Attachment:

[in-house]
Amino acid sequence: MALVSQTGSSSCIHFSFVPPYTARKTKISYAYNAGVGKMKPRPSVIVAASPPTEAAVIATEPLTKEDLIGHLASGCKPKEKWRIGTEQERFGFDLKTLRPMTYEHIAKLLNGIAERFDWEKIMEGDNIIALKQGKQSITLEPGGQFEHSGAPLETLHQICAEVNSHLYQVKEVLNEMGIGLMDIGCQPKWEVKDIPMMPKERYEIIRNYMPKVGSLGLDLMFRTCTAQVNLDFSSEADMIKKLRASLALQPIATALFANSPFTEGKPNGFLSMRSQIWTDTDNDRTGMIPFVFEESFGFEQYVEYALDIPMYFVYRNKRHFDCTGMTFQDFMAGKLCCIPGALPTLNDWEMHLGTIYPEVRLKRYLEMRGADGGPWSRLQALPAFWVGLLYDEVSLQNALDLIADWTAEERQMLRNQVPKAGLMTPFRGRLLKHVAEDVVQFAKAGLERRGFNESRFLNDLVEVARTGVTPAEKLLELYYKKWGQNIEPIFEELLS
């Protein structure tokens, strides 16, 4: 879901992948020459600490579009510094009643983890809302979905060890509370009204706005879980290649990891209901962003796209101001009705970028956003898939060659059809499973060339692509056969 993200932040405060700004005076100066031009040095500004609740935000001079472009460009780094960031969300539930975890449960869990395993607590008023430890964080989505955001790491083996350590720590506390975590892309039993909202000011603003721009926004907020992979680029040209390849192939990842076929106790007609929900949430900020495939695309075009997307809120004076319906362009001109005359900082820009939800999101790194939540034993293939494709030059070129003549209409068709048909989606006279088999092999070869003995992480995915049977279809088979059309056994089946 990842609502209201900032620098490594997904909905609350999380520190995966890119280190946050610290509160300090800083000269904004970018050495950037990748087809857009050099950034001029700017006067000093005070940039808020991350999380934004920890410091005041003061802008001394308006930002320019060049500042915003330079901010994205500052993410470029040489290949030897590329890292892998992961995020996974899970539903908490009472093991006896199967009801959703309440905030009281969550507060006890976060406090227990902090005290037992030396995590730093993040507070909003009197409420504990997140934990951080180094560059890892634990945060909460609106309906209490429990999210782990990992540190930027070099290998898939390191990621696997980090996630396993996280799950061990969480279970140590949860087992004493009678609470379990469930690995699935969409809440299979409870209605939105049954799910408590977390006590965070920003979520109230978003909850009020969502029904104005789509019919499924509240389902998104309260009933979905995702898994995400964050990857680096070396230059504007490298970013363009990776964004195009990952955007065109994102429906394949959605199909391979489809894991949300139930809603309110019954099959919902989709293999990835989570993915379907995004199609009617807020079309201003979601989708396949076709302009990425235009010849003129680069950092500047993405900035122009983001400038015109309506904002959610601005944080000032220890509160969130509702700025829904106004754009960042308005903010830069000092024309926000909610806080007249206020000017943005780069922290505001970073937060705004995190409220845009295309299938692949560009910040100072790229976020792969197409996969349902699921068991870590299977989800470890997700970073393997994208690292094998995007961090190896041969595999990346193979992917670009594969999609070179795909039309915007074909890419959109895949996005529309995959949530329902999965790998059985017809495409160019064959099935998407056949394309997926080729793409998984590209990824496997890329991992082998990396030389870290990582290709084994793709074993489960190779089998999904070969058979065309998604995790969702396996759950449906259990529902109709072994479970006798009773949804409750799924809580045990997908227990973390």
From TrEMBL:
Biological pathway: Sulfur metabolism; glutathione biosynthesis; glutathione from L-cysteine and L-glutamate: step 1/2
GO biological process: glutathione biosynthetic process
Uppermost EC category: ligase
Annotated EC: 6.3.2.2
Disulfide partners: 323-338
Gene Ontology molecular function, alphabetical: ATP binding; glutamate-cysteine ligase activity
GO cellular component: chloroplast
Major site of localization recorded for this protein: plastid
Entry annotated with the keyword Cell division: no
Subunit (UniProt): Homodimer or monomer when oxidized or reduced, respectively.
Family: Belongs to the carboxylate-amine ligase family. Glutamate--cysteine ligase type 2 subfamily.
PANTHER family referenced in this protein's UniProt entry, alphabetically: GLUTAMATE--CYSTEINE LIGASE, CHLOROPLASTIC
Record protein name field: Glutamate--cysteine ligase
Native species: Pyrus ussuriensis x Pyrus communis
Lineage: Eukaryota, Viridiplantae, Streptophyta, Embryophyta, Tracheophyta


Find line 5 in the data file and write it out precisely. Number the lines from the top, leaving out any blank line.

Biological pathway: Sulfur metabolism; glutathione biosynthesis; glutathione from L-cysteine and L-glutamate: step 1/2